Overarching obligations

What are the Overarching Obligations?

Under the Civil Procedure Act 2010, all parties (i.e., plaintiffs and defendants) to civil proceedings in the Victorian Courts (but not in VCAT) are subject to what are known as the Overarching Obligations.  These obligations apply equally to the parties’ legal representatives and also to any litigation funder or insurer providing financial assistance to a party.

The Overarching Obligations are a set of rules for the way in which parties to litigation must conduct themselves.  They are contained in sections 16 to 26 of the Civil Procedure Act 2010.  In summary, the obligations are:

Paramount Duty – a duty to the Court to further the administration of justice in relation to the proceeding.

Honesty – the obligation to act honestly at all times in relation to the proceeding.

Proper Basis – the obligation not to make a claim (or a response to a claim) in the proceeding that is frivolous, vexatious, an abuse of process or does not have a proper basis on the factual and legal material available at the time.

Necessary Steps Only – the obligation to only take steps in the proceeding that you reasonably believe are necessary to resolve or determine the dispute.

Co-operation – the obligation to co-operate with the other party and the Court in the conduct of the proceeding.

Misleading Conduct – the obligation not to engage in misleading or deceptive conduct (or conduct that is likely to mislead or deceive) in the proceeding.

Endeavours to Resolve – the obligation to use reasonable endeavours to resolve the dispute by agreement, including through mediation or other dispute resolution mechanisms.  There are some very limited exceptions to this obligation, for example where the nature of the dispute means that only a Court determination is appropriate.  However, these exceptions will be very rare and in the absence of advice to the contrary, it should be assumed that the obligation will apply.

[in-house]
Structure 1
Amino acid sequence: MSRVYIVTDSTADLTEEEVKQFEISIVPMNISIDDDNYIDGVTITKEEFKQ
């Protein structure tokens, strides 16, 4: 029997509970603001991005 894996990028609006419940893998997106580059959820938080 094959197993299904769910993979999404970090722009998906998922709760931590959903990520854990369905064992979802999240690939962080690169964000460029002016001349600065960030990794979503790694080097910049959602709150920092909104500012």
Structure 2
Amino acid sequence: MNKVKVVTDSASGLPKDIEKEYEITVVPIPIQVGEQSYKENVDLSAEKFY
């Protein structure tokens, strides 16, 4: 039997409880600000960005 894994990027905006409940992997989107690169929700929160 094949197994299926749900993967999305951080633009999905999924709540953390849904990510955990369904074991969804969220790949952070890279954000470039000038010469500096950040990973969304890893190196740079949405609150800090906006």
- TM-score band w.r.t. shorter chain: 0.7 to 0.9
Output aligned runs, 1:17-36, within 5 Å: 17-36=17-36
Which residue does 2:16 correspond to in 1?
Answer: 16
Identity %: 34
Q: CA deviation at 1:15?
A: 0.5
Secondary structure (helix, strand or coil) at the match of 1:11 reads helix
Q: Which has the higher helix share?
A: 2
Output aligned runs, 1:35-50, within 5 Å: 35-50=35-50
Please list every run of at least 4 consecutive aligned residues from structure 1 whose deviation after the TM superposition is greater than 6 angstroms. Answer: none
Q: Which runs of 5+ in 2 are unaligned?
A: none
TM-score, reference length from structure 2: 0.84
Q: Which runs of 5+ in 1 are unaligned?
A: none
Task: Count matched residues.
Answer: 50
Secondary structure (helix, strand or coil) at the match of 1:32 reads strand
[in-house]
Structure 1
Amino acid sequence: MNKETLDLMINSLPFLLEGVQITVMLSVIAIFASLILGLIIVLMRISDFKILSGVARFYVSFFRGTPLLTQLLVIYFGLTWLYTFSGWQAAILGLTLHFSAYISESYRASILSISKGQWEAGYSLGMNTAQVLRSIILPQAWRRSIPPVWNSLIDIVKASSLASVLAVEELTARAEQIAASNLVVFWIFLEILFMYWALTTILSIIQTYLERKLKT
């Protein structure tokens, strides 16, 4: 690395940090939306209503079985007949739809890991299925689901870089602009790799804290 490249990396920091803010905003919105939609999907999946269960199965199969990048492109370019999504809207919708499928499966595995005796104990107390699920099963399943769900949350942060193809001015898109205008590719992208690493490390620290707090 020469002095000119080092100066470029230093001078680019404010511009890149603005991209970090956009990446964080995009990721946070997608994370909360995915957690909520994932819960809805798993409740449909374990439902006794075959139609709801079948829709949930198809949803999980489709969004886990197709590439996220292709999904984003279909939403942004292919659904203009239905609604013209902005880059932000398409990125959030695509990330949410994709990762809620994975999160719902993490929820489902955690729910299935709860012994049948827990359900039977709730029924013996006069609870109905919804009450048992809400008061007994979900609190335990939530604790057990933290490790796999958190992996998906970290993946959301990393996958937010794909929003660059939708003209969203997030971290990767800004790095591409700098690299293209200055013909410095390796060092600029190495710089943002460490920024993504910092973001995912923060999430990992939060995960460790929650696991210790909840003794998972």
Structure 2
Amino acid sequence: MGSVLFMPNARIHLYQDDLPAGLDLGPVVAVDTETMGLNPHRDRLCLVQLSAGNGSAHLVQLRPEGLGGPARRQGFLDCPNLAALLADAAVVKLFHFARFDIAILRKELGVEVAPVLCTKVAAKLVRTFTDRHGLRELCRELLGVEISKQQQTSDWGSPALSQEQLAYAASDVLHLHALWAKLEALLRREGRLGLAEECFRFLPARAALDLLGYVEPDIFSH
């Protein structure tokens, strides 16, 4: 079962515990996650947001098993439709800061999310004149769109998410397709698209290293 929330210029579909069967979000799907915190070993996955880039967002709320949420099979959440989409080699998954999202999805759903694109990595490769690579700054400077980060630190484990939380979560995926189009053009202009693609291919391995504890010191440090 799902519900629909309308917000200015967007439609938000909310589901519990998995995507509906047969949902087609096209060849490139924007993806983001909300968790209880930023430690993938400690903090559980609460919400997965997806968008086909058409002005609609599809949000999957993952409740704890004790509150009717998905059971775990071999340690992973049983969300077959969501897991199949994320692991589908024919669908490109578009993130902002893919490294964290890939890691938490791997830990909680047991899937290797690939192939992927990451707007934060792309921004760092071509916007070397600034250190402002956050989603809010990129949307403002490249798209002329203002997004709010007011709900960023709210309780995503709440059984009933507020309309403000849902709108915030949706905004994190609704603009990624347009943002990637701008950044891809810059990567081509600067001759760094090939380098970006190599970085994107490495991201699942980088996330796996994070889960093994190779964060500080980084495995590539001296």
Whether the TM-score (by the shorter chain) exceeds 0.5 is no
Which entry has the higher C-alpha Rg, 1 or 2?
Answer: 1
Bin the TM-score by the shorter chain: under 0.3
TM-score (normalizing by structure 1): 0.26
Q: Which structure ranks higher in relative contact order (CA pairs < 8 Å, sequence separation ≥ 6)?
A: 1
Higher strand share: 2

Narrowing Dispute – the obligation to use reasonable endeavours to narrow the issues in dispute if the dispute cannot be wholly resolved by agreement.  This obligation is subject to essentially the same very limited exceptions as in the point above.

Proportionate Costs – the obligation to ensure that legal costs are reasonable and proportionate to the complexity of the matter and the amount in dispute.

Delay – the obligation to minimise delay in the proceeding.

Disclosure – the obligation to disclose to the other party at the earliest reasonable time all documents you have (or used to have) that are critical to resolution of the dispute.

Failure to comply with the Overarching Obligations may result in sanctions by the Court, including the making of costs orders or orders for compensation (including penalty interest) against the person failing to comply.


Under section 41 of the Civil Procedure Act 2010, it is necessary at the outset of the proceeding for each party to sign a certificate stating that they have read and understood the Overarching Obligations contained in sections 16 to 26 of the Civil Procedure Act 2010 (extracted below).

The certificate must be signed by the party personally, not by the party’s lawyer.  Where the party in question is a company rather than an individual, the certificate will need to be signed by a director of the company.

The certificate is to be signed and filed with the Court at the time that the party files its first substantive document in the proceeding.  In the case of plaintiffs, this will usually be the Statement of Claim that is filed with the Writ by which the proceeding is commenced.  In the case of defendants, this will ordinarily be the Defence which is filed in answer to the Statement of Claim.

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